THOUGHTS ON CELINE’S FALL / WINTER ‘PARADE’
Hedi Slimane took us to the glamorous André Le Nôtre gardens at the Château de Vaux-le-Vicomte just outside of Paris to present this year’s Celine fall/winter collection. The collection itself received a little more glam than the previous seasons, though it was a clear sequel of Slimane’s interpretation of the French wardrobe. This time he called it “Youth Interrupted” and it was his intention to show a contemporary daydream throughout the pandemic hiatus that not only, but foremost, the youth has to go through at the moment.
Telling by the designs of Slimane’s new collection, these daydreams of the youthful women delve into their mothers wardrobes filled with French classics like tweed jackets that remind a lot about Chanel, pussy bow blouses, chic bags and bourgeoise jackets that are yet made from rather rustic menswear fabrics. The collection didn’t lose any touch to Gen Z though and so it is that those staples are styled together with asymmetrical crop tops, hoodies, caps and super wide-leg denim pants. The looks of the young, self-aware French women ready to strut through the world is then completed with beautiful quilted leather jackets and pointed, knee-high leather boots, which carry the young models full of pace and determination through the royal gardens.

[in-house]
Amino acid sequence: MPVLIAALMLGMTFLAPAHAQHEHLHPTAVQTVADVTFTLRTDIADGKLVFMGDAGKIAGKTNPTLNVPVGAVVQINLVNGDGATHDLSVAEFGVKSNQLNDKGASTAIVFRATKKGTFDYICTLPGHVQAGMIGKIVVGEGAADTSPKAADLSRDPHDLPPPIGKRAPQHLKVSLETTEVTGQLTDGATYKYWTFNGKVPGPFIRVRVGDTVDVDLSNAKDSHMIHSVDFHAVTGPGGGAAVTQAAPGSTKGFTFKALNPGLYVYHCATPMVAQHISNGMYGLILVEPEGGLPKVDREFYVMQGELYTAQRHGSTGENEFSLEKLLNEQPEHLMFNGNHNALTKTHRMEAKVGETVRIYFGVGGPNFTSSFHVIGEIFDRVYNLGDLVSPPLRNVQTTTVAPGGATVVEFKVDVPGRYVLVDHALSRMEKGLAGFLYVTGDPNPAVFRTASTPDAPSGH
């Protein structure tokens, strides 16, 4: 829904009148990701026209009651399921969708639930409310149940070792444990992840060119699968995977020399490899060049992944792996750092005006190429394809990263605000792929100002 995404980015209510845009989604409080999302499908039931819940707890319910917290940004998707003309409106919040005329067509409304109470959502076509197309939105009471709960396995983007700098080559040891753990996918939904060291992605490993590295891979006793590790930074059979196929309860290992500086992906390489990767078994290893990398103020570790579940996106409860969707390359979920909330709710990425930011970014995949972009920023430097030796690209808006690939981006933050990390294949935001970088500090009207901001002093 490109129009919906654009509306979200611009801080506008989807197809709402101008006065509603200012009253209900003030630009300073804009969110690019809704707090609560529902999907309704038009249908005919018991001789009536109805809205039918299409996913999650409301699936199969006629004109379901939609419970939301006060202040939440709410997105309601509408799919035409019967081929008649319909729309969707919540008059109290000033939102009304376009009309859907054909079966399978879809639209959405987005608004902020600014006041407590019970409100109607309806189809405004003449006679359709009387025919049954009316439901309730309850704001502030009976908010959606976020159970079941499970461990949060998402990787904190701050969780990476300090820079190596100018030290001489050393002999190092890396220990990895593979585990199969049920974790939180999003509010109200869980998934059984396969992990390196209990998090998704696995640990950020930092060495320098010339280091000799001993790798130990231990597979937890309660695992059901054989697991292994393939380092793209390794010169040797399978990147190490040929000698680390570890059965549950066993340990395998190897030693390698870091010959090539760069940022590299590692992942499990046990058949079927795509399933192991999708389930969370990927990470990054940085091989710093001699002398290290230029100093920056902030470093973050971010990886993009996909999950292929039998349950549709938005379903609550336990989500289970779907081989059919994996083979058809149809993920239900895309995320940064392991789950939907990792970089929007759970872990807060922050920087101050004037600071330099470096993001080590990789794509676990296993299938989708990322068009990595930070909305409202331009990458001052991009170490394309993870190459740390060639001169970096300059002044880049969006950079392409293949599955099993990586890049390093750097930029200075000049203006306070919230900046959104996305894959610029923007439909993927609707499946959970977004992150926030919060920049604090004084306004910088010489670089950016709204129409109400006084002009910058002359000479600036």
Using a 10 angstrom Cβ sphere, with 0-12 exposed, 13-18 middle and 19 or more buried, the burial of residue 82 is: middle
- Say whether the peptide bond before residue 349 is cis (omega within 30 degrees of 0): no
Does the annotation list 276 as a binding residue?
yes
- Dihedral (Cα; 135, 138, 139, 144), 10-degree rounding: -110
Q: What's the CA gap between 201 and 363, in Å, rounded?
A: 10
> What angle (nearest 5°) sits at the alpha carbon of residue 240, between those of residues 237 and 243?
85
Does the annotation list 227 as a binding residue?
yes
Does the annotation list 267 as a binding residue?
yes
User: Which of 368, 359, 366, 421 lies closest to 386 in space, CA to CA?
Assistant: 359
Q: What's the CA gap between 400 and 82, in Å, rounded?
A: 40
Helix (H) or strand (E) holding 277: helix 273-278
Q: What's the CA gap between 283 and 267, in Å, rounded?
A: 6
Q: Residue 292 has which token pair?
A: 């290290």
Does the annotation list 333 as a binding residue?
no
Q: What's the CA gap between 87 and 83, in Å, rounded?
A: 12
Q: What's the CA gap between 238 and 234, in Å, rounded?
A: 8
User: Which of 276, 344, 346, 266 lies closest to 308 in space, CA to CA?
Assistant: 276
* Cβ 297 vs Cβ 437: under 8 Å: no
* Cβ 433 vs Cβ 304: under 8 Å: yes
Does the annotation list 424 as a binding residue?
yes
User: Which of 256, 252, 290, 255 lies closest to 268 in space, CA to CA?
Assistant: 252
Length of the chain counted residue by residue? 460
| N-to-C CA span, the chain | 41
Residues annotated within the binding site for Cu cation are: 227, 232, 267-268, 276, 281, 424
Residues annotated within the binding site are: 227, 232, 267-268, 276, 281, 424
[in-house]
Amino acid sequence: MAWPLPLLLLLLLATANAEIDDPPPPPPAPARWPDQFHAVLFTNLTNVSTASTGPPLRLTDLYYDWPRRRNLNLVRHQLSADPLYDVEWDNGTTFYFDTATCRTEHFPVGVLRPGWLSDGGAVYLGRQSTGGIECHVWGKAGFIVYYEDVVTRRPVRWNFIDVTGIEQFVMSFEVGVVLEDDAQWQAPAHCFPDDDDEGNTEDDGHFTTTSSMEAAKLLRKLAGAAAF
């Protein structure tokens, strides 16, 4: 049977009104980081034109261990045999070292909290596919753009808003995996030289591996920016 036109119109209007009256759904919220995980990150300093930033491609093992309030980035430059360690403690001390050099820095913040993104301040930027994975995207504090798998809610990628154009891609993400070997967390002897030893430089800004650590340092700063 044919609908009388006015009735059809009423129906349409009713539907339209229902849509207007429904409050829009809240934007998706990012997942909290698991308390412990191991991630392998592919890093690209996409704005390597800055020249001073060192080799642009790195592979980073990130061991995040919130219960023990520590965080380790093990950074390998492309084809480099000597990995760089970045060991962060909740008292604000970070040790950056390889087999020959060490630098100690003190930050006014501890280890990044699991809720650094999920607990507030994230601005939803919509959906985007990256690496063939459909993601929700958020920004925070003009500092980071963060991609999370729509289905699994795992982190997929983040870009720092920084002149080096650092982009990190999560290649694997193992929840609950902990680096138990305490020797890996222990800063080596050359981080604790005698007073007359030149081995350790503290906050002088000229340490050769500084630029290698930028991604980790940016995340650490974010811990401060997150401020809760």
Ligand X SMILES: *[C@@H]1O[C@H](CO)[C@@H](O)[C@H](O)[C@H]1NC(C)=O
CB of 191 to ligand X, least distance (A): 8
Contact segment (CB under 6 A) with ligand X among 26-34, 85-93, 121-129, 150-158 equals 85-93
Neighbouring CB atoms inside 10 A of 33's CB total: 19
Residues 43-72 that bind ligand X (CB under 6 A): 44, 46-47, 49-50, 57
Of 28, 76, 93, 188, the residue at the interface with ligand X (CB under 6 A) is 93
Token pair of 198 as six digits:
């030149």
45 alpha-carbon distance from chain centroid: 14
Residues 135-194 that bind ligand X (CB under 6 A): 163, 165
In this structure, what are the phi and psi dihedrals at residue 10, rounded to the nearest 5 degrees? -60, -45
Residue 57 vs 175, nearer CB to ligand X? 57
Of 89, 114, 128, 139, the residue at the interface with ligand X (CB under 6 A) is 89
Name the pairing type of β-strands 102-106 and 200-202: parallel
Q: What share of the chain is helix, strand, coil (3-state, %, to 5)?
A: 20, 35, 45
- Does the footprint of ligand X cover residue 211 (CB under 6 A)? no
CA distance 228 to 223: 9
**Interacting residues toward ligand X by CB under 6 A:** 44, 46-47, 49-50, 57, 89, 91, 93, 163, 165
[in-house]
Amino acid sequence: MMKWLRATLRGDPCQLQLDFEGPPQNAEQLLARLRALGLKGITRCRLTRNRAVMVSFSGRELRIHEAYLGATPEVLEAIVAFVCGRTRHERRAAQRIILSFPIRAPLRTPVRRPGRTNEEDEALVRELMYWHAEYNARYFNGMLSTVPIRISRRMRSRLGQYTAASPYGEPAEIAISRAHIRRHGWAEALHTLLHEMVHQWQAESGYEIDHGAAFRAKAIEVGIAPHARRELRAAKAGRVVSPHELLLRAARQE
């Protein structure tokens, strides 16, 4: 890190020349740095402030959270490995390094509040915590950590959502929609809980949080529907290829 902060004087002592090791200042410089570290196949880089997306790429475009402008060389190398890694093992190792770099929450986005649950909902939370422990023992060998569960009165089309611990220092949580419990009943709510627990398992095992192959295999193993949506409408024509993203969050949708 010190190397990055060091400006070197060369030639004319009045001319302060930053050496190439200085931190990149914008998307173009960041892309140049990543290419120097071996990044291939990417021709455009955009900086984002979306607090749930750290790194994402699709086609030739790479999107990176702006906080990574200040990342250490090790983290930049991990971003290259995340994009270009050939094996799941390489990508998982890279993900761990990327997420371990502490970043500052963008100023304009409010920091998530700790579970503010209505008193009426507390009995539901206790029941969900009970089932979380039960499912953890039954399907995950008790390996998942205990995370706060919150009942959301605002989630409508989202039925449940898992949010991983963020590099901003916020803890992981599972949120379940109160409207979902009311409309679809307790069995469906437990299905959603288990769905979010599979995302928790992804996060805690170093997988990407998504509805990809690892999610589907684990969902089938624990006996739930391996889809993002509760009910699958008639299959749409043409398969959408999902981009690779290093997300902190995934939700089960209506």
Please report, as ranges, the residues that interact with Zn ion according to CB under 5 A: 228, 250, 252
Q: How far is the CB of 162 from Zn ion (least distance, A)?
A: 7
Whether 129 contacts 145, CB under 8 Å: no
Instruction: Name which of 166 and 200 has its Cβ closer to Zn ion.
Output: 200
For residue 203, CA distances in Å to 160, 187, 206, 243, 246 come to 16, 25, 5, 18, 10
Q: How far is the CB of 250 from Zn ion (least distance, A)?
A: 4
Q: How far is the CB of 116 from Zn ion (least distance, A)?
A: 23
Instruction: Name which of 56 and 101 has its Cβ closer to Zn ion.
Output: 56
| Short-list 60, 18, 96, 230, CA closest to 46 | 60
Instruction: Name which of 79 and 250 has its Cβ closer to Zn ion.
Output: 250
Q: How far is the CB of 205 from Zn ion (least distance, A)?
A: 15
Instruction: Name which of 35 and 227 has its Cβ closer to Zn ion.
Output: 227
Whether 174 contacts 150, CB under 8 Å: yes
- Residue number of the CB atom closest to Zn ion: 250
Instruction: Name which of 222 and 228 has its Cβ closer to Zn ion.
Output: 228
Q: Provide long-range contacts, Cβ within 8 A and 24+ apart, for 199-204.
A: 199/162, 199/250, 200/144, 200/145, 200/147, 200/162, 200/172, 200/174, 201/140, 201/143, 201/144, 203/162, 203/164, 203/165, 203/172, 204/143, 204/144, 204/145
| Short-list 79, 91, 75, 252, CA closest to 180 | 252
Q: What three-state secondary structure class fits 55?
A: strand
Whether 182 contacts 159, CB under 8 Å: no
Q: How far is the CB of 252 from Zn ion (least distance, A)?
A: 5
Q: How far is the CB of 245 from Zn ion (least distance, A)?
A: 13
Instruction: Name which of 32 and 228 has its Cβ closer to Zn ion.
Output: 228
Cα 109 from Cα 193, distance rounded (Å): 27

The soundtrack to the “Parade”, written & produced exclusively for Celine by Regina Demina and Charles Caste, highlights the models’ energetic walk with a booming electronic sound that somehow contrasts with the lyrics that tell us about “Un Day Dream” they are living at this very moment. For the finale, this daydream reaches its climax with one of the models standing like a princess, dressed in a sparkly embossed and extremely wide bell-shape constructed stiff skirt. The final look is combined with a rusty leather jacket and a baseball cap, all presented on a hill above the gardens, watching the exploding firework with tears in her eyes and a little deer beside her.
Overall, it is a collection that is comprised of numerous sellable pieces that will most likely realize many of Slimane’s dreams that money can buy, because he proves that he still is a master of merchandising. The collection may not entice with revolutionary design, but appeals to many dreams rooted in reality. Personally, I’d love to get my hands on one of the leather jackets.
Text: Luis Hartmann
All Images: Courtesy of Celine